The Belarusian track coach who tried to force a sprinter to return home from the Tokyo Olympics after she was critical of the team has been charged with breaching the sport's integrity standards.
The Athletics Integrity Unit, which oversees disciplinary actions in track and field, announced the charges against Yury Maisevich on Thursday, alleging he broke rules in the sport's integrity code of conduct involving honesty, dignity and protecting reputation.
The charges stem from the ouster of 200-meter sprinter Krystsina Tsimanouskaya, who went on social media during the Olympics to question why she had been entered in the 4x400 relay without her knowledge, the AIU said.
Coaches decided to send her home. As she was being guided through the Tokyo airport by team officials, Tsimanouskaya spoke on the phone to her grandmother, who told her of the backlash against her from state-run media at home, where President Alexander Lukashenko's government cracked down on dissent.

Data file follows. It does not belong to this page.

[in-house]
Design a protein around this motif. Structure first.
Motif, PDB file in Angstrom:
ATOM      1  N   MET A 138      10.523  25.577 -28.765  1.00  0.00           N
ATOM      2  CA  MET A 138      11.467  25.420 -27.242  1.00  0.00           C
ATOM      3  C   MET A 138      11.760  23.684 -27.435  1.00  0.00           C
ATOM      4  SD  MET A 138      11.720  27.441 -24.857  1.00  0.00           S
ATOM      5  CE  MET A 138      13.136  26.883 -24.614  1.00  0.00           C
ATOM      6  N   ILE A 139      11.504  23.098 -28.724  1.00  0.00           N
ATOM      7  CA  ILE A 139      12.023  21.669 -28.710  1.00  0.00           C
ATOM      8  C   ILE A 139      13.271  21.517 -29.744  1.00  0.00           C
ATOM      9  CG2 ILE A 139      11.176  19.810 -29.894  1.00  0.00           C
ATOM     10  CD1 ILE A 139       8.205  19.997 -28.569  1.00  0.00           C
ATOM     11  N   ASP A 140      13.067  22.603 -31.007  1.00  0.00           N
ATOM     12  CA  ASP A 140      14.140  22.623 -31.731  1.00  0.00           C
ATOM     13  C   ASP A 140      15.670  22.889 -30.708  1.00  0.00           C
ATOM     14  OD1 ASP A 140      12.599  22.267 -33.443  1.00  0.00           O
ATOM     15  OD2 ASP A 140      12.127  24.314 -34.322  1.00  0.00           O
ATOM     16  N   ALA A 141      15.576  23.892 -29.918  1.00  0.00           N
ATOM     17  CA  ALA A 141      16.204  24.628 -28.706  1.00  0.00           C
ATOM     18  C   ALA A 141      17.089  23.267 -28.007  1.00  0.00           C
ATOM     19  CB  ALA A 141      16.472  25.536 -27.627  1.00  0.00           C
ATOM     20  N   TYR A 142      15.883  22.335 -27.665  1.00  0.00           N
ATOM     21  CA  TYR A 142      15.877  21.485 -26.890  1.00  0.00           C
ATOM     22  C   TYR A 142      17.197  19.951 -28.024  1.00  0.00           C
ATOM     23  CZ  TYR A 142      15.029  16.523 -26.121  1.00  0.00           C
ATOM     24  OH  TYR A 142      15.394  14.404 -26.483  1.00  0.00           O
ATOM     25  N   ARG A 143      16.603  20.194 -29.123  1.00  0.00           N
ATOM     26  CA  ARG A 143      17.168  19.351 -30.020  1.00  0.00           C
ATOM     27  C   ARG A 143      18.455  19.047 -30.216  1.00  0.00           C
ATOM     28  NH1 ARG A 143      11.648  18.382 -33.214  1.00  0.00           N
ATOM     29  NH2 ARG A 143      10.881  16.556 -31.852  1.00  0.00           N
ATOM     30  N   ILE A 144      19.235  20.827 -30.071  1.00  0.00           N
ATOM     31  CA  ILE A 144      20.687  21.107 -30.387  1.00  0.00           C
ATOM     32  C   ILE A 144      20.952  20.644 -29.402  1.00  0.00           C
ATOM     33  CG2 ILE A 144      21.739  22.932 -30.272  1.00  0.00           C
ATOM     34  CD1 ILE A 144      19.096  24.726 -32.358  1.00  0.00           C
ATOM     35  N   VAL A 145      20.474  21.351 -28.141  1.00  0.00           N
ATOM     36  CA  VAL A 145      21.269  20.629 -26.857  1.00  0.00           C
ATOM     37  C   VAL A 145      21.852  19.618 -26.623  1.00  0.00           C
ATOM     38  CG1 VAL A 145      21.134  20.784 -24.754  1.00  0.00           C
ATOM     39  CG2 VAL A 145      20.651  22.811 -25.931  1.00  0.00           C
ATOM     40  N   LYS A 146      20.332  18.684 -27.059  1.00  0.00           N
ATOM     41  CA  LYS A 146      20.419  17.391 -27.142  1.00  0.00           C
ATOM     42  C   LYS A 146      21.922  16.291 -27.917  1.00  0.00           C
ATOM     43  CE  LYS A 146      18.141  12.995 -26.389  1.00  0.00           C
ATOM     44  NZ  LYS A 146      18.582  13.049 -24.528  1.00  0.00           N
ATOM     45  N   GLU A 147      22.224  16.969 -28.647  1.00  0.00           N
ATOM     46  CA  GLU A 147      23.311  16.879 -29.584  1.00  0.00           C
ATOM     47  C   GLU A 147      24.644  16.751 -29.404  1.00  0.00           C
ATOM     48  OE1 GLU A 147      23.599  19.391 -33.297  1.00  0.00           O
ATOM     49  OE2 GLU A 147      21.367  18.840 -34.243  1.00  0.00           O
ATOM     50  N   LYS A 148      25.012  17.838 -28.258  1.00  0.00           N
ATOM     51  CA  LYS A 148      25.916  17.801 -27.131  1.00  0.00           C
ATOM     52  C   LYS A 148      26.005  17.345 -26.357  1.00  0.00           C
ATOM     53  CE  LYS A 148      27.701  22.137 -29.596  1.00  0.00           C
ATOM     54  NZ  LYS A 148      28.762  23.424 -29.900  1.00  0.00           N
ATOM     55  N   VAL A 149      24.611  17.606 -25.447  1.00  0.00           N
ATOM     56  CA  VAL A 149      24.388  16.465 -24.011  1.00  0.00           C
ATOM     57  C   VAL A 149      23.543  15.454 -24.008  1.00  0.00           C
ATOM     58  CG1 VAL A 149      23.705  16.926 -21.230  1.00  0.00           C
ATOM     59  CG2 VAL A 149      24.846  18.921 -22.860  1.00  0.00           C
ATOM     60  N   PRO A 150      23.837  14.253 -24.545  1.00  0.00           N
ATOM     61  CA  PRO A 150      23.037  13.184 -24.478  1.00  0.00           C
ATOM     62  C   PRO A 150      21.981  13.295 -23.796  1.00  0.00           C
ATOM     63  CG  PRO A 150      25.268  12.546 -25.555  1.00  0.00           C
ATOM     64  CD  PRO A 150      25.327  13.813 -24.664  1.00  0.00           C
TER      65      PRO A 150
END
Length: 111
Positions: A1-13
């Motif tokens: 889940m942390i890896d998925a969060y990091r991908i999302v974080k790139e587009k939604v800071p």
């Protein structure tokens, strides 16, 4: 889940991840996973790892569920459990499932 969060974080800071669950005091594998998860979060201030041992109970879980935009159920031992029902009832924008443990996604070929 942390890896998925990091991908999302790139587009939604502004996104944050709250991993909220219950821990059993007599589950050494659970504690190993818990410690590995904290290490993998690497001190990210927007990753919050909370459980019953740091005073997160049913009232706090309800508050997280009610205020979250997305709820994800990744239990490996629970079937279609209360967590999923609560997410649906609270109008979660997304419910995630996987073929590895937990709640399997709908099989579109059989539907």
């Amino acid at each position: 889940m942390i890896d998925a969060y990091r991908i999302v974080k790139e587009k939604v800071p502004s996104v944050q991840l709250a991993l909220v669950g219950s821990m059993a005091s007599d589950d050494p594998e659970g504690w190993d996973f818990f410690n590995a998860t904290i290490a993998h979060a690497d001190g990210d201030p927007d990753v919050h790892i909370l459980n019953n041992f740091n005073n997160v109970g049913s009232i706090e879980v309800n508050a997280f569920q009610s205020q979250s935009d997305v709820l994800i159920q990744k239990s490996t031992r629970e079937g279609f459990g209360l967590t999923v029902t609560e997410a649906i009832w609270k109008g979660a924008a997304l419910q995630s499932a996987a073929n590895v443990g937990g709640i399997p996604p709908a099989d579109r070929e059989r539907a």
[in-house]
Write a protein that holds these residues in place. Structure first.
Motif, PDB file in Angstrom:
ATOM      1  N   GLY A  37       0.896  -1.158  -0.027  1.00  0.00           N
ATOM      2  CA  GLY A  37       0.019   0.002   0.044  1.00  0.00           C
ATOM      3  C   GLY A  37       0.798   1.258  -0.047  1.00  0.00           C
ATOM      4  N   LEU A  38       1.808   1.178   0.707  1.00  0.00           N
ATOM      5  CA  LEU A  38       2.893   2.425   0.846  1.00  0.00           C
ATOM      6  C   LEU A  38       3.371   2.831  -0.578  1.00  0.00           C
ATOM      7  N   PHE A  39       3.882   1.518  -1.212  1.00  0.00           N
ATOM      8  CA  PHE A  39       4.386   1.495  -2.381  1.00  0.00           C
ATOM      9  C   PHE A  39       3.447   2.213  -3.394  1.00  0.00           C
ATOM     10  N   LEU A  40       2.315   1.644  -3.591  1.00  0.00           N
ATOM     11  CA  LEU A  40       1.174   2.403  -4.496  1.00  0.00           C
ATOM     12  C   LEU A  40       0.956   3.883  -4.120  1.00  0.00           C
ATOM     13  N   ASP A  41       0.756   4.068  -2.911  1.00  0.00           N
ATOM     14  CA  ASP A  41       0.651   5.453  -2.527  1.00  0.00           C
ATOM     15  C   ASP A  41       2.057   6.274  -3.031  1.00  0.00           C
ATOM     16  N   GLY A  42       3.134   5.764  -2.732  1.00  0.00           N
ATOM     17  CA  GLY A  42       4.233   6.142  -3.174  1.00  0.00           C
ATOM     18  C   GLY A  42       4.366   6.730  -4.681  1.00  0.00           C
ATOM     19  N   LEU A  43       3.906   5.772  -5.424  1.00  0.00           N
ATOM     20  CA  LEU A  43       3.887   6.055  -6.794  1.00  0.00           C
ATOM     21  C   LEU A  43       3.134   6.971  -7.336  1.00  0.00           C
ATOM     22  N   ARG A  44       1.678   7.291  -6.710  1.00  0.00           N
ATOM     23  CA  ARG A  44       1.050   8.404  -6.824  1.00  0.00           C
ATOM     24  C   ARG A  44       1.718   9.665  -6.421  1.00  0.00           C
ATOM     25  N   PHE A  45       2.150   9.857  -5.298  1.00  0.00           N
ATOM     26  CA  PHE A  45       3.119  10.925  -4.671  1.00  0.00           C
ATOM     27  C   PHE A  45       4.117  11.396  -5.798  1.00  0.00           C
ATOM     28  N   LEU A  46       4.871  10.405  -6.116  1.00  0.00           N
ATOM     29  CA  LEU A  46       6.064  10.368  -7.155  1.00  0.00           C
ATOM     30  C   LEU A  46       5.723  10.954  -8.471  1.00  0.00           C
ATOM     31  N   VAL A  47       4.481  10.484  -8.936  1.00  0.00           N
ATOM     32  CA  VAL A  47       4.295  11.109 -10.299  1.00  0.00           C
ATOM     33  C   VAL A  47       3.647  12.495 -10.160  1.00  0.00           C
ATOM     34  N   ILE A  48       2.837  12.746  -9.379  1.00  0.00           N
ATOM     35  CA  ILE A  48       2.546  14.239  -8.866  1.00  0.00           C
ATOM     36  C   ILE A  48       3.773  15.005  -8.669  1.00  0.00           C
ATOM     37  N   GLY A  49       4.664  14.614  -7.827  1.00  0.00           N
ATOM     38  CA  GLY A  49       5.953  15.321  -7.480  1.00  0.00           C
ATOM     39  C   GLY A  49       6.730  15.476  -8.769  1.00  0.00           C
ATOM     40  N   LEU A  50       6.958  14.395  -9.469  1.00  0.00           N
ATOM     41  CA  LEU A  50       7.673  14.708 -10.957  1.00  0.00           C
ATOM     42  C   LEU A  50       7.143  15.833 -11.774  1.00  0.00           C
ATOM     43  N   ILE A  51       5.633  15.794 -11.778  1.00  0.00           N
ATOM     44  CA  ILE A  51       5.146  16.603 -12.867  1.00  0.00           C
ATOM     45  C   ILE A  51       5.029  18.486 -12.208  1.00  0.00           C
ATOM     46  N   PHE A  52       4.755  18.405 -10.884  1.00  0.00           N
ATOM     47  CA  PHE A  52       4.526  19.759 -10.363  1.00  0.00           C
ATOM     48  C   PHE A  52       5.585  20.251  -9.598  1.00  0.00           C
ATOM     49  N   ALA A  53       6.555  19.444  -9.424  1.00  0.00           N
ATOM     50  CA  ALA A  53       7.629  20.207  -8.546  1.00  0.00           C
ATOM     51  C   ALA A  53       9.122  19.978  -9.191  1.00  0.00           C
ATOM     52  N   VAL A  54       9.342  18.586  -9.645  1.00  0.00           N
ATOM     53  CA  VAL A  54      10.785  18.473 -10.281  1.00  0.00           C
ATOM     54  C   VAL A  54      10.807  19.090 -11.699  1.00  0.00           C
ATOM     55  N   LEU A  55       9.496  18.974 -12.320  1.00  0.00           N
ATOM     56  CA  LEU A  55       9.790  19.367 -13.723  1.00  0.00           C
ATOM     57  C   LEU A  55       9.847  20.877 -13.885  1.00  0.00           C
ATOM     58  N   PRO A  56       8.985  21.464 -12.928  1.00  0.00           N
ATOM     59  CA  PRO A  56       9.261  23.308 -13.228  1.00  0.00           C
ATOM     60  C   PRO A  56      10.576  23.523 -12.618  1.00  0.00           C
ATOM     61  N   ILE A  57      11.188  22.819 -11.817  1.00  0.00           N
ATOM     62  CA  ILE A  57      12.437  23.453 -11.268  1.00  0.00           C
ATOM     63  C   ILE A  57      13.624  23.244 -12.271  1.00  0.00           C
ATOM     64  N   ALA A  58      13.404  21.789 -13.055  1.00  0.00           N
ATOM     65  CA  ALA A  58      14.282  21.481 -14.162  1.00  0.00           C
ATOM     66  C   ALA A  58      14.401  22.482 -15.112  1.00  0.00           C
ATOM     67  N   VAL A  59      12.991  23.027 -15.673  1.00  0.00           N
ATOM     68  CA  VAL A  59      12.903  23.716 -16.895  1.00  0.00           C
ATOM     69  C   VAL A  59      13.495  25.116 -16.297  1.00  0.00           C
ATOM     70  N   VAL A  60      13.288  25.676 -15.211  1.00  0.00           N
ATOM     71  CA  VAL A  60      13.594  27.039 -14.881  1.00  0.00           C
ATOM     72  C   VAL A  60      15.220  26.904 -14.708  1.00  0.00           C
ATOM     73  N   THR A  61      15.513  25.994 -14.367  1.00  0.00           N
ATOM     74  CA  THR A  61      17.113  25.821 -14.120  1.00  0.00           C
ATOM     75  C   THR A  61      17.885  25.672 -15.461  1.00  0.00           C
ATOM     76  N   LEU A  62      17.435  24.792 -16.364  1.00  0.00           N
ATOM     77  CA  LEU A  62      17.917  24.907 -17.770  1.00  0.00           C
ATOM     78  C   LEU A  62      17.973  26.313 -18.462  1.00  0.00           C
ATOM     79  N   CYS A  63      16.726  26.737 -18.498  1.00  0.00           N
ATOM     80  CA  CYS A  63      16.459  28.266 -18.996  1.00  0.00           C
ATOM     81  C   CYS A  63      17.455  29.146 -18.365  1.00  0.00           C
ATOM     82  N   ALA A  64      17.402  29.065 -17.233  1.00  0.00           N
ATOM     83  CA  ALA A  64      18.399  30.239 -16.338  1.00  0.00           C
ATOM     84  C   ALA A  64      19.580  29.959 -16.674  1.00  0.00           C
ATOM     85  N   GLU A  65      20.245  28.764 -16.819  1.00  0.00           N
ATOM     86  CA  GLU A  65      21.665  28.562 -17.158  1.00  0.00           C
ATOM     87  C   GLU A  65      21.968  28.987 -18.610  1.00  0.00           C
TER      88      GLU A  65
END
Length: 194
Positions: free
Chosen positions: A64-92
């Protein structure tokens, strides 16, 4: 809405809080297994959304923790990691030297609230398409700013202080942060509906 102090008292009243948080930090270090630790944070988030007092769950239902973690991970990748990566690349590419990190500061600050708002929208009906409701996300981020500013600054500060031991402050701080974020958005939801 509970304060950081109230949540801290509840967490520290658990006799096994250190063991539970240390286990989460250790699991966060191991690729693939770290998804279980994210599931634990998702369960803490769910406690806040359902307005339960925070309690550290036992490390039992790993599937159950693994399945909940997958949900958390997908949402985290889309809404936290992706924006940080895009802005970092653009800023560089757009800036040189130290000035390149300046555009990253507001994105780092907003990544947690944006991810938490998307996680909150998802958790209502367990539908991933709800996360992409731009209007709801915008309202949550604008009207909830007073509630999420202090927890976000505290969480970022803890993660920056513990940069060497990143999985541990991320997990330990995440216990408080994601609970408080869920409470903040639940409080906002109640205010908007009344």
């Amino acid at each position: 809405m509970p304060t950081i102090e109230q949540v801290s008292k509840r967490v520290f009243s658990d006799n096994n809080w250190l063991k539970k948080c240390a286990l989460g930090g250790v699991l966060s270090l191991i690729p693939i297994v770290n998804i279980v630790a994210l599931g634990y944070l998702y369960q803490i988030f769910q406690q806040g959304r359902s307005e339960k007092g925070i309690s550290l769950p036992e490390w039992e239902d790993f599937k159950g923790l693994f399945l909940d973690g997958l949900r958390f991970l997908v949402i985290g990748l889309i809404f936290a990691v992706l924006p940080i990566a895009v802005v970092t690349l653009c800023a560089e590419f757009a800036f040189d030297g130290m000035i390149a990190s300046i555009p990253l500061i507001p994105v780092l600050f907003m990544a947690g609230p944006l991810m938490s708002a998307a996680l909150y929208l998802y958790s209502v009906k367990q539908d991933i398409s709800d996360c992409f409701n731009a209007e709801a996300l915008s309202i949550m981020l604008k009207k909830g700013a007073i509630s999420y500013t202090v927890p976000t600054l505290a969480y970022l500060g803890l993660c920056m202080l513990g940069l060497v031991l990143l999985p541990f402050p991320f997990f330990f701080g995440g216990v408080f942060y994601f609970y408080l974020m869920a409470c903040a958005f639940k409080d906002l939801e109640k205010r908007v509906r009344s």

Tsimanouskaya sought help from police, who were able to take her away from the Belarusian officials. She ended up traveling to Poland on a humanitarian visa.
Four days after the episode, the IOC revoked credentials for Maisevich and another coach, Artur Shimak. Shimak was not charged in Thursday's AIU release.
“The AIU alleges that, in respect of these circumstances of Tsimanouskaya’s removal from the Olympic Games, Maisevich did not act with integrity and acted in bad faith; failed to safeguard the athlete’s dignity and his actions constituted verbal and mental harassment; and that he brought athletics generally into disrepute," the release said.
The AIU did not explain what, exactly, the charges meant, what sort of hearing would be held or what the possible penalties were if Maisevich is found to have broken the rules.
Tsimanouskaya, 26, has gained Polish citizenship and has said she hopes to compete for that country at the 2024 Olympics in Paris.
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Eddie Pells, The Associated Press